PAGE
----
“We rebranded and did the labels so that 80 percent of the label focus is on raw and unfiltered,” he says. “And man, we were just blessed to be at the right place at the right time in the right industry.”

Selling to Advance the Kingdom

Indeed, 80 percent of the label’s focus is on the honey’s “raw, unfiltered” quality, but 100 percent of the company’s focus is on making an impact for Christ.

“I just came to realise that as a honey company, we don’t have to raise money,” he says. “We can make money, take that money, go do projects and make a difference in people’s lives.”

For Sheets, the company’s impact begins and ends with stewardship.

“I want to steward our people resources, the people who work for us, first and foremost, to make an impact on their lives,” he says. “I want to steward the financial resources and try to make as much as we can, live on as little as we can and give away as much as we can. And then I want to focus on stewardship of our influence and try to use the influence we have at Nature Nate’s to share Christ with people. Then [we can] challenge believers to look at the lens of their business as possibly the biggest opportunity to make a difference for Christ where they are 8 to 5, five days a week.”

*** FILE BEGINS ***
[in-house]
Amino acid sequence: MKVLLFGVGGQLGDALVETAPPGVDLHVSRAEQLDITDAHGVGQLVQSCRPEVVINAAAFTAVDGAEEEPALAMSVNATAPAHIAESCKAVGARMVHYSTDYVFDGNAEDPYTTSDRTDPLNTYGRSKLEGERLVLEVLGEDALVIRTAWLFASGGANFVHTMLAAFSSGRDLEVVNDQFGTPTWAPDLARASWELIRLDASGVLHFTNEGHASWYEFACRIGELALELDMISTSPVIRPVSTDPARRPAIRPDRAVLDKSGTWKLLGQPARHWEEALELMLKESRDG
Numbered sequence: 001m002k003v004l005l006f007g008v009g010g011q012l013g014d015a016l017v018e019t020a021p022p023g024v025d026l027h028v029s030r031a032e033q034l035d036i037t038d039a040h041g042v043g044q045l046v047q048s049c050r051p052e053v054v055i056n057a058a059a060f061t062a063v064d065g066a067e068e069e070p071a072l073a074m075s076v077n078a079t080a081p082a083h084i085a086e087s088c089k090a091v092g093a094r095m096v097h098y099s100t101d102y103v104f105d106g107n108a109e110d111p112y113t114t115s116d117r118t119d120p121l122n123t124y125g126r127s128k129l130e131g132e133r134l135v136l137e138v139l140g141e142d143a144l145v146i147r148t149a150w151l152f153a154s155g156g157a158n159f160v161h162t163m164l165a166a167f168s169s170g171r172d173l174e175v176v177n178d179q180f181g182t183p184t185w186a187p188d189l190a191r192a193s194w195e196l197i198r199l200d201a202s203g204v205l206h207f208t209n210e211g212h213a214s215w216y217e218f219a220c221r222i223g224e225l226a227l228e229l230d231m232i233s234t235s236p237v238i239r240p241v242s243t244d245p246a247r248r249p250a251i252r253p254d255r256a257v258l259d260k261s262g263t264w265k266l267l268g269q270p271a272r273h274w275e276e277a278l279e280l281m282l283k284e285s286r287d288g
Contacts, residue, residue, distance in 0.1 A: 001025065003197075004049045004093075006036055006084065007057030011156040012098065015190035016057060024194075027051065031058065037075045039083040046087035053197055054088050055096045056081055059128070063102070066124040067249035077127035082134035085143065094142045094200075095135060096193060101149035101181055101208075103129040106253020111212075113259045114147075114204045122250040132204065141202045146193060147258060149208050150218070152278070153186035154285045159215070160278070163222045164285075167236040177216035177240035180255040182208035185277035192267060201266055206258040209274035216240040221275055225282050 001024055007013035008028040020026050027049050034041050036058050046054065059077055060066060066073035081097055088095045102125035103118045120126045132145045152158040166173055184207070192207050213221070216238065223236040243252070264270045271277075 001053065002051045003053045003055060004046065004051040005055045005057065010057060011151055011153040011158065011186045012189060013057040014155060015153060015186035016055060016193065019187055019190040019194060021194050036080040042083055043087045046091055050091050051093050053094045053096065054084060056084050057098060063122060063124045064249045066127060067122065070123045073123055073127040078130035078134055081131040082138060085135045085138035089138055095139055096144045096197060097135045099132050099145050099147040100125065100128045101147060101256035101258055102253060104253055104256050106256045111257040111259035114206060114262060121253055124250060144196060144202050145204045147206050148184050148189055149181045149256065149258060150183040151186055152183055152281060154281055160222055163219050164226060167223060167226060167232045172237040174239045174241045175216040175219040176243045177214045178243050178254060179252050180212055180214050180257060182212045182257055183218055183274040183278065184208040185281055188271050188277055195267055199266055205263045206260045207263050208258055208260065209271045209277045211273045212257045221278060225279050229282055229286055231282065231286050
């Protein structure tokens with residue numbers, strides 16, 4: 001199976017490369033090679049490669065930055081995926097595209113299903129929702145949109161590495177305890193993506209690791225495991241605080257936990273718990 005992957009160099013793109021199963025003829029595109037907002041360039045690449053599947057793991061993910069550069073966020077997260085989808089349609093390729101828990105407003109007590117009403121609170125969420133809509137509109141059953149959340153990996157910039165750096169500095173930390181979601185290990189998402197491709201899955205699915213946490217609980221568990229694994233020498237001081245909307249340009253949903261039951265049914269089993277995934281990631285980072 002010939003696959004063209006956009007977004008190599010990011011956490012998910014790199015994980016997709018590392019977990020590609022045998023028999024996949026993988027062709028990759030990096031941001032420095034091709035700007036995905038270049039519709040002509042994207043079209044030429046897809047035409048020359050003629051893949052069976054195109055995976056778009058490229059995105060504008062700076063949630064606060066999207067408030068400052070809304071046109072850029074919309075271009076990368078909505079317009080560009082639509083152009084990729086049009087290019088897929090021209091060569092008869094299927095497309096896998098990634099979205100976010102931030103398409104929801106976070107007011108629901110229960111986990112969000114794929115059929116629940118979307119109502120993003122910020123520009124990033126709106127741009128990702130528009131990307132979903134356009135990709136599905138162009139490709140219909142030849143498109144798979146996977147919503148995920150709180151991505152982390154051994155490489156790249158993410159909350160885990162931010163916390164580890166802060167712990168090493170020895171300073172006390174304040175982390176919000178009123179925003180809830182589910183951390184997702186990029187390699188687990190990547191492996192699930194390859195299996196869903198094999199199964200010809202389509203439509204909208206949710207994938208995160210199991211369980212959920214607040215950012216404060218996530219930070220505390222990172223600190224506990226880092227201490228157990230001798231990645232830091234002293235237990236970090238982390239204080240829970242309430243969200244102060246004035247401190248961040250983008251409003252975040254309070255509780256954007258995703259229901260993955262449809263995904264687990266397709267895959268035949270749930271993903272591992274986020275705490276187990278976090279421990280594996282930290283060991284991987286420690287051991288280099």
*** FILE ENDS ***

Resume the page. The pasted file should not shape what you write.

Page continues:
Pointing Employees to Jesus

It’s not a requirement to be a Christian to work at Nature Nate’s, but the company’s Christ-focused atmosphere is evident.

Becca May, director of brand management, comes from a non-Christian background, but Sheets has made it easy for her to fit in with company culture.

“I grew up in a Jewish home, and so I was bat-mitzvahed when I was 13,” May says. “I went to a Hebrew school until I was 18. It’s the only faith-background and exposure I’ve ever had. … [Working at Nature Nate’s has] been life-changing and eye-opening—and beyond [our] being welcomed and understood and treated with so much love and respect, Nathan continues to share with us … the lessons and the roots that we find in [his] faith that guide everything we do.”